Freeman Cebu Entertainment

Crusade continues for Queen of Cebu winner

Karla Rule - The Freeman
Crusade continues for Queen of Cebu winner
Queen of Cebu Universe 2010 Maki Gingoyon
Photo by Joy Torrejos

CEBU, Philippines - Sometimes we feel like life goes on way too fast, but in reality, nothing happens overnight. There are battles that take a lifetime to conquer.

But for Cebuana beauty queen Maki Gingoyon, it doesn’t matter how long it takes because she’s in it for the long run.

The transgender stunner has long since left her inhibitions and has been championing the welfare of the LGBTQ community with all her might in the hopes of a safer, more inclusive and understanding environment – a universal struggle for the members of our LGBTQ friends.

Maki, who was crowned Queen of Cebu Universe in 2010, is no stranger to uphill climbs. She has financially supported herself and her disabled mother, faced the challenges of prejudice and ignorance, as well as fought for equality in the school setting.

Clinching the crown has turned her life around for good.

“Winning Queen of Cebu Universe changed my life a lot,” she began in a chat during the recent Queen Philippines 2017 press launch. “I was 21 years old then and there was a lot of responsibility for me. At that time, the cash prize was more than I could dream of."

In her college years, Maki took matters into her own hands and tried to educate those who ran her school. When Maki was studying at the University of San Carlos, a memorandum that banned male students from cross-dressing, wearing earrings, and sporting colored hair had been put to effect. Male students were to wear the assigned male uniform, and female students had to wear what were assigned to them. As an officer of the student body, Maki decided to raise her voice not only for herself, but also for those who felt uncomfortable and marginalized by the new rule.

“I won that fight,” Maki said. “But the school, they still had their way.”

Since winning the crown, Maki is thankful to be able to influence and inspire a wider, more realistic and tougher audience outside of the walls of the academe.

What got the 28-year-old into pageantry had a lot to do with her experiences in school, and if anything, was led by no less than her sense of responsibility to those who couldn’t find their voices.

“When I realized that I knew how to speak, that’s when I decided to go into pageantry,” Maki revealed. “I knew that I had to fight for acceptance, and fight for the minority because I know that I can.”

Despite having a string of pageant titles – namely first runner-up of Queen of the South Davao, Queen of Cebu Universe 2010, and winning Eat Bulaga’s Super Sireyna of the Sky during its weekly finals in 2013 – the fight for equality still has a long way to go.

The struggle to be politically correct has hounded our evolving society, because great change needs extensive education. Many of us struggle to cope and relate with the radical and new that sometimes, it hinders us from moving forward.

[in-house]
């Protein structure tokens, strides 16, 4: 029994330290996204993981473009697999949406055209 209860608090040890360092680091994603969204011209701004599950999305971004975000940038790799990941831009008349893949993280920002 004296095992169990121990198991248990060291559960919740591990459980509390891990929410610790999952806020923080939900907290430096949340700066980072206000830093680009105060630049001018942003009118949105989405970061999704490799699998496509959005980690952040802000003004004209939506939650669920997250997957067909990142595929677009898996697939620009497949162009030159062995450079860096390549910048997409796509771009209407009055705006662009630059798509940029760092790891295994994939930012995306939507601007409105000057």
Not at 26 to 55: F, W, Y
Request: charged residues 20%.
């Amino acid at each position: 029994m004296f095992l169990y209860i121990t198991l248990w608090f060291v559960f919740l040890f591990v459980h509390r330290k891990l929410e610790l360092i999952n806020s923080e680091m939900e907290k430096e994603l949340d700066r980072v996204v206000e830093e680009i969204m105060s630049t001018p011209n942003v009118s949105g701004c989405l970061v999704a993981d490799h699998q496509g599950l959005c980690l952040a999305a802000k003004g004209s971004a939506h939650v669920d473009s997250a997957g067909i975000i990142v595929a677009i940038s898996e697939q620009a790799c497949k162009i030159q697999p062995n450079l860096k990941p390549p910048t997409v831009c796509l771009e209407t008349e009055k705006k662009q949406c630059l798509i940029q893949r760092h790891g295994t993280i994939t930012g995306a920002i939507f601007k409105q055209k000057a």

“I wish people knew more about Sexual Orientation and Gender Identity (SO-GI),” the beauty queen confessed. “Because there are still so many things to learn and this could benefit all parties. Of course, we can’t always blame and judge anyone by the way they interact with us in the LGBTQ community because it’s not part of the school curriculum. But I wish it was.”

Maki, who identifies as a transgender woman and prefers to be addressed by feminine pronouns and identifiers like “Miss,” “her” and “she,” recalls an incident she had with a fitness center inside a mall. The media got wind of the episode and ran stories about it, addressing Maki as a “he.”

“I was disappointed,” she says. “But since SO-GI isn’t something that everyone knows about, and not everyone is aware what to do, I still understand. I do. You can’t blame them. I just wish that we put more weight into sex orientation and gender identities.”

Should you find yourself in a pickle, Maki says it’s best to just ask. “Personally, I don’t mind [if asked what pronoun she prefers], but I can’t speak for everyone in the LGBTQ community because not all transgender women or gay people want to be addressed with feminine pronouns.”

Maki elaborates that in order not to offend anyone, it’s better to politely ask members of the LGBTQ community what they prefer, what they identify as and how they want to be addressed.

SO-GI includes concepts of the different terms that are appropriate and non-offensive towards the LGBTQ community such as pronouns, preferences, and identifiers, but in the end, it all boils down to the most basic of all human traits: Compassion, understanding, and unity, to name a few.

When asked about her opinions on the divisiveness of the LGBTQ community from the inside, Maki admits that there are slights and shortcomings.

“Things aren’t perfect but it’s really important that we come together,” Maki says. “I feel like despite that, the LGBTQ community is still driven to pursue one goal that brings us together, and we will always be united for that.”

Right now, Maki is busy guiding the new batch of candidates for the Queen Philippines pageant (previously Queen of Cebu) which is chaired by premiere cotourier and designer Cary Santiago. The beauty queen is also running a dating app for the LGBTQ community with her beau as its online marketing director.

Indeed, the 27 candidates of Queen Philippines 2017 coming from all over the country have big shoes to fill as Maki sets the bar for anyone who aims to win the crown come July 28.

“What I’m looking for in a winner is someone who knows how to speak. Someone who is not afraid to swim against the wave and fight for what she believes in,” says Maki. (FREEMAN)

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